Tinariwen — resistance of the Sahara

March 28, 2009

Tinariwen, who are touring Australia in April, first became known abroad at the initial Festival of the Desert in Mali in 2001, now an annual event. This was also the year it started travelling to Europe. Until then its music was for Tuaregs across the Sahara, an outlet during their resistance struggle, when forced by drought into exile in Libya or south-eastern Algeria in the 1970s.

Tinariwen is a seven-piece band led by Ibrahim Ag Alhabib, a Tuareg musician who invented the Tamashek electric guitar sound. The "desert blues" music may sound modern, but the tunes have very ancient roots in pre-Islamic Africa, even before the first century AD.

The lyrics, written by poets of the Sahara, describe the pain of exile, the longing for lost homes and families, and the struggle for political and cultural freedom.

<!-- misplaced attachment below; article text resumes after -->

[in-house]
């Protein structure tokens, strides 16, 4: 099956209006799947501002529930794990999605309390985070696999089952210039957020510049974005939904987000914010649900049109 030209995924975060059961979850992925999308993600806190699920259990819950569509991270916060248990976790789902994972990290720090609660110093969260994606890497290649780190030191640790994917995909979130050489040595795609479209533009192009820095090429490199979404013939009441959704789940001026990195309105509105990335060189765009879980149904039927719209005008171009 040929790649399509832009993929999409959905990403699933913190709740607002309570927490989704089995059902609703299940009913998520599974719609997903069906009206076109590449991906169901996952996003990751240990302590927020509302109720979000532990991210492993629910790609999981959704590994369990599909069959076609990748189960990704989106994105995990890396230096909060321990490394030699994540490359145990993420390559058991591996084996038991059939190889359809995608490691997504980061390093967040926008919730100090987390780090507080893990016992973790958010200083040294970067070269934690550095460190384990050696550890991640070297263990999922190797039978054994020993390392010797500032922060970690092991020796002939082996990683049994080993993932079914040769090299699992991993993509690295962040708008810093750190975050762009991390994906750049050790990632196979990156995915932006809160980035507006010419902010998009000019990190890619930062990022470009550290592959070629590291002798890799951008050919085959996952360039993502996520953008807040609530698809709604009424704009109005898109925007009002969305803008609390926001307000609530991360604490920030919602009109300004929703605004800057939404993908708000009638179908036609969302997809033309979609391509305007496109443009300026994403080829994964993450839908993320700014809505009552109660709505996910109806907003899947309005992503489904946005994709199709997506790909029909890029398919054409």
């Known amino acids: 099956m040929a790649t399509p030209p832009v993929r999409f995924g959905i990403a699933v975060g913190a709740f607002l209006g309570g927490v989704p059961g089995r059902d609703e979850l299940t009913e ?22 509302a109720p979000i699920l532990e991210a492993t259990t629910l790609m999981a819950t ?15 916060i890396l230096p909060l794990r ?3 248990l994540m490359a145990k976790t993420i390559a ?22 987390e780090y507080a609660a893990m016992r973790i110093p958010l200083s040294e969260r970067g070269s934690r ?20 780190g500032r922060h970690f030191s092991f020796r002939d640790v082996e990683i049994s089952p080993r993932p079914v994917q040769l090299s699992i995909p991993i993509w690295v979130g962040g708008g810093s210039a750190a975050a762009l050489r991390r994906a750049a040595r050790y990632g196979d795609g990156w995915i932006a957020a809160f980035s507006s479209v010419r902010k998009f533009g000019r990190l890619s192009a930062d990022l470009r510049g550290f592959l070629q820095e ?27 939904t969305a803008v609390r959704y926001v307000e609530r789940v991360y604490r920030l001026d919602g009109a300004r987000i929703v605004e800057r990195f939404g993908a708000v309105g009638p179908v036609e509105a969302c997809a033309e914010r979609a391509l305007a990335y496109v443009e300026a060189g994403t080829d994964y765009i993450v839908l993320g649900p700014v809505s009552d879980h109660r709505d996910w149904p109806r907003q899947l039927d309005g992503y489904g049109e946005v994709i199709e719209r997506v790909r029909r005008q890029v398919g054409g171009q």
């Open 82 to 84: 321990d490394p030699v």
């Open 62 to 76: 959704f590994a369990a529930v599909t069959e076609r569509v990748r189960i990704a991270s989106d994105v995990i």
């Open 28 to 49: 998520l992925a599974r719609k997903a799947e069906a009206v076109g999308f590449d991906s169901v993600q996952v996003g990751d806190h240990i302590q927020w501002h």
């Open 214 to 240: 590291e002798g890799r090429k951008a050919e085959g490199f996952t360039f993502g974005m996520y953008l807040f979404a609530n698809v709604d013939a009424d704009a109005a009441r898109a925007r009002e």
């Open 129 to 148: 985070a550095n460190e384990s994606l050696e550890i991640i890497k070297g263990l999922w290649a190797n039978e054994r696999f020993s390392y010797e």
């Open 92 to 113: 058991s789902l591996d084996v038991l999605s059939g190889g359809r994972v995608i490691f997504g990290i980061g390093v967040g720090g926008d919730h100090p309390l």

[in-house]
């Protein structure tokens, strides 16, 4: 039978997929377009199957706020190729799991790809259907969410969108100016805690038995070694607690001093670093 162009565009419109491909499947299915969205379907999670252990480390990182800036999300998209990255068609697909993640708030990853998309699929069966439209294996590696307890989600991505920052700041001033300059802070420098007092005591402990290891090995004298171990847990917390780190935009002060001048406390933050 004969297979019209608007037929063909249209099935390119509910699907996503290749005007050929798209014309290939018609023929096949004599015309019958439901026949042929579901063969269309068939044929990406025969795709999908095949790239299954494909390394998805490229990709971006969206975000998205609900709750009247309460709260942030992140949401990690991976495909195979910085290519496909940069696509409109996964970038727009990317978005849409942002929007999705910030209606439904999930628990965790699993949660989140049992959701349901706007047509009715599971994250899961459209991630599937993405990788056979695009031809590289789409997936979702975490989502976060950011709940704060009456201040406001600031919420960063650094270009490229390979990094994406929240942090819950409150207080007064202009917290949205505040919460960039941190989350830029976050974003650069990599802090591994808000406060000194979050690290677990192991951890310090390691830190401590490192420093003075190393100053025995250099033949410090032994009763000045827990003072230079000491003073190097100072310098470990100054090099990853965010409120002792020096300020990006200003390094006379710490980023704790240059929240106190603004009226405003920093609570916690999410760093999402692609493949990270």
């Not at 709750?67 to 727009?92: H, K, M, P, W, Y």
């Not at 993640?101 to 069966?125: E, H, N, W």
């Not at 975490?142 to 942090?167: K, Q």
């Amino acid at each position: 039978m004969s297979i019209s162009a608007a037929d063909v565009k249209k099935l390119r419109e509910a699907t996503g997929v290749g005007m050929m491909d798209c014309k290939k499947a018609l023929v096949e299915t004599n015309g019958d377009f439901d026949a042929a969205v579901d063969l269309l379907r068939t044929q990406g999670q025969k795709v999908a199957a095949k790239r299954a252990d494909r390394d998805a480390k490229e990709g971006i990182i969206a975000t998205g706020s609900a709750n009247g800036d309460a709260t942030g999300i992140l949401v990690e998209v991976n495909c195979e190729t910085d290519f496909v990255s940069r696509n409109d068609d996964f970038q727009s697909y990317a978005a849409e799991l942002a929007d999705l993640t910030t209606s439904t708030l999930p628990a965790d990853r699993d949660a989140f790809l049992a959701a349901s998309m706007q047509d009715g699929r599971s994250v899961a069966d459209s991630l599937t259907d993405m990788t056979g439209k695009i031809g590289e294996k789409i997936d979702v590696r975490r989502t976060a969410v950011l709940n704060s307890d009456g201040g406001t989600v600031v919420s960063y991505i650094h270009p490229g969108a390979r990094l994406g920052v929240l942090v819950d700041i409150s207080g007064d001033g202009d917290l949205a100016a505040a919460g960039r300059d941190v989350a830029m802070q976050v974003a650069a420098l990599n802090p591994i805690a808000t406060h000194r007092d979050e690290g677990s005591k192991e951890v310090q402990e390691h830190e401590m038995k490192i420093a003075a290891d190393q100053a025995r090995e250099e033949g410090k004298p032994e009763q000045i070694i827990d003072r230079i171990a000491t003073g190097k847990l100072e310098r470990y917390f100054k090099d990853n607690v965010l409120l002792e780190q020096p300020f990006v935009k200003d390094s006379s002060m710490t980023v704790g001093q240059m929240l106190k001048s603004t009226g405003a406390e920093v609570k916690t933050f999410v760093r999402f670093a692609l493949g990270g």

The group's website says: "Tinariwen are guitar-poets from the southern Sahara desert. They are icons of freedom and resistance among their own people, the nomadic Tuareg of the Sahara. The word Tinariwen is the plural of tenere, which simply means desert in Tamashek, the language of the Tuareg."

This popular world music ensemble has played at many festivals around the world and won the BBC World Music Award in 2005. Get a taste at http://www.myspace.com/tinariwen.

Best known to Australians through its albums, Radio Tisdas, Amassakoul and Aman Iman: Water is Life, we now have the chance to hear it live.

[Tinariwen's Australian tour starts at Hamer Hall, Melbourne Arts Centre, St Kilda Road on Wednesday April 8 at 8pm. Free activities prior to the performance from 6.30pm. Bookings with Ticketmaster or at the venue. Tickets: $41-$73, or $30 for people 26 years and under.

Tinariwen concludes its Australian tour at the Sydney Opera House on April 13. In between it will feature at the Byron Bay Bluesfest.

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